Author

Amber Stedman

Publication Date

1-1-2013

Document Type

Dissertation/Thesis

First Advisor

King, Richard B.

Degree Name

B.S. (Bachelor of Science)

Department

Department of Biological Sciences

Abstract

Blanding’s turtle (Emydoidea blandingii) has been designated as threatened or endangered throughout a large portion of its range largely due to destruction and degradation of wetland and terrestrial habitat. More precise knowledge of locations where Blanding’s turtles are found would greatly aid efforts to protect this species. Unfortunately, Blanding’s turtles can be difficult to observe or trap, making detection difficult. Instead, environmental DNA (eDNA) collected from an aquatic habitat may be utilized as a cost and time-effective alternative to determine whether E. blandingii have recently occupied a given locale. For this study, we designed species-specific primers to amplify a 219 bp segment of the cytochrome-b gene. Following water filtration and eDNA extraction from Millipore filters, the extracts were amplified using the specifically designed primers. The PCR products were then run on a 1% agarose gel to infer the presence or absence of E. blandingii based on corresponding gel results. Our preliminary results have demonstrated that the primers are species-specific to E. blandingii and will amplify E. blandingii DNA from a 2-3 L water sample from water used to house this species in captivity. Future research will focus on obtaining positive results from field sites where E. blandingii is known to occur and will test the utility of this method at historic E. blandingii sites as well as sites where the current presence/absence status of E. blandingii is unknown. Furthermore, we plan to include a relative cost analysis, with respect to both time and money, comparing traditional survey methods to eDNA methods.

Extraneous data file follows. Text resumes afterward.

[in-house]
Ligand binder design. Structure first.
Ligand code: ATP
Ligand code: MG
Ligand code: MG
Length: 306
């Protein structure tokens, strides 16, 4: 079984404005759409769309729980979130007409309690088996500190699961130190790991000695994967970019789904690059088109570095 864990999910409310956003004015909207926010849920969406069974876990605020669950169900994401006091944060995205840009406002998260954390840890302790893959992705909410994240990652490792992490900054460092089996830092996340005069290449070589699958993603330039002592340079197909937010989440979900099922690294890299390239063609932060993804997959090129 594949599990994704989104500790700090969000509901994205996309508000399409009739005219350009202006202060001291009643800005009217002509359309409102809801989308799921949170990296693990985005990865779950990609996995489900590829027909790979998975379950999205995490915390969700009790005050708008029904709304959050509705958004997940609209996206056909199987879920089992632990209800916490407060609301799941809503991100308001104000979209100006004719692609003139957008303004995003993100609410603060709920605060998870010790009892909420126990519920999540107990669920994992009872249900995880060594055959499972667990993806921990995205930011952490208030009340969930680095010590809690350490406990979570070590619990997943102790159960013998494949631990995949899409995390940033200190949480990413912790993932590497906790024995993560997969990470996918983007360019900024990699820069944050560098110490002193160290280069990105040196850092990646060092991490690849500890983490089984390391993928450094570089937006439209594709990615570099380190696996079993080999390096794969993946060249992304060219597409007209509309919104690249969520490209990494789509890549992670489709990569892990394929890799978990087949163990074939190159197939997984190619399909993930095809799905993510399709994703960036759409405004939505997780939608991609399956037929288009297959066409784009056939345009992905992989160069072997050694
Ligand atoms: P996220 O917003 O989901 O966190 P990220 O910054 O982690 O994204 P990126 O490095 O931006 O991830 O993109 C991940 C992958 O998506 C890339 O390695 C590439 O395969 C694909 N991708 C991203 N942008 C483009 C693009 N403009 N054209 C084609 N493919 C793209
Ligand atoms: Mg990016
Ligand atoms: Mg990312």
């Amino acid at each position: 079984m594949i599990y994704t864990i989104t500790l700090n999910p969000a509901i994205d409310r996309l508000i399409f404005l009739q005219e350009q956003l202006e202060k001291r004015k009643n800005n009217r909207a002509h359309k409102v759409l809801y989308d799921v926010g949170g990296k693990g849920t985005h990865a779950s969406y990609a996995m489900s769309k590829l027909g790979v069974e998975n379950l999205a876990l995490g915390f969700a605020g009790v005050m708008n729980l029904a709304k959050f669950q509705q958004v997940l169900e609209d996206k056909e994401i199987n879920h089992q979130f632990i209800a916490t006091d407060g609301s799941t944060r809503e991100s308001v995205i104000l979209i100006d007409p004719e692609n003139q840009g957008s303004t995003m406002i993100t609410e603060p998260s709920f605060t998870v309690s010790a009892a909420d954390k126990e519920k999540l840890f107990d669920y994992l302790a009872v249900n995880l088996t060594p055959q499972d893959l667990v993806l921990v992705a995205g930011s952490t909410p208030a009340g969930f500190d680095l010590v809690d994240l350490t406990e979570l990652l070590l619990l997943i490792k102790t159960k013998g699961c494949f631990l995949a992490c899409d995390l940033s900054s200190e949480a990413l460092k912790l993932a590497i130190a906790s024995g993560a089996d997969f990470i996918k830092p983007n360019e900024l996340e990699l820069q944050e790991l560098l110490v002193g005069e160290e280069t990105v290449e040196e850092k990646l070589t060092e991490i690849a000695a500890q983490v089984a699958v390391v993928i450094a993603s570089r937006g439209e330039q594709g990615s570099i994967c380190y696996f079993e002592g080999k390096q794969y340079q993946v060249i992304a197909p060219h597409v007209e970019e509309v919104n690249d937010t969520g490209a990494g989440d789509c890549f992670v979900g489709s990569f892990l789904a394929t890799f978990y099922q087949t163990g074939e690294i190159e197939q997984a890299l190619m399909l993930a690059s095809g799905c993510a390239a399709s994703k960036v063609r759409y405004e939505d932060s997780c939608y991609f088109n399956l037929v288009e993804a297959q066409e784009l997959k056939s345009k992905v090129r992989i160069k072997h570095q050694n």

Comments

Includes bibliographical references.

Extent

16 pages

Language

eng

Publisher

Northern Illinois University

Rights Statement

In Copyright

Rights Statement 2

NIU theses are protected by copyright. They may be viewed from Huskie Commons for any purpose, but reproduction or distribution in any format is prohibited without the written permission of the authors.

Media Type

Text

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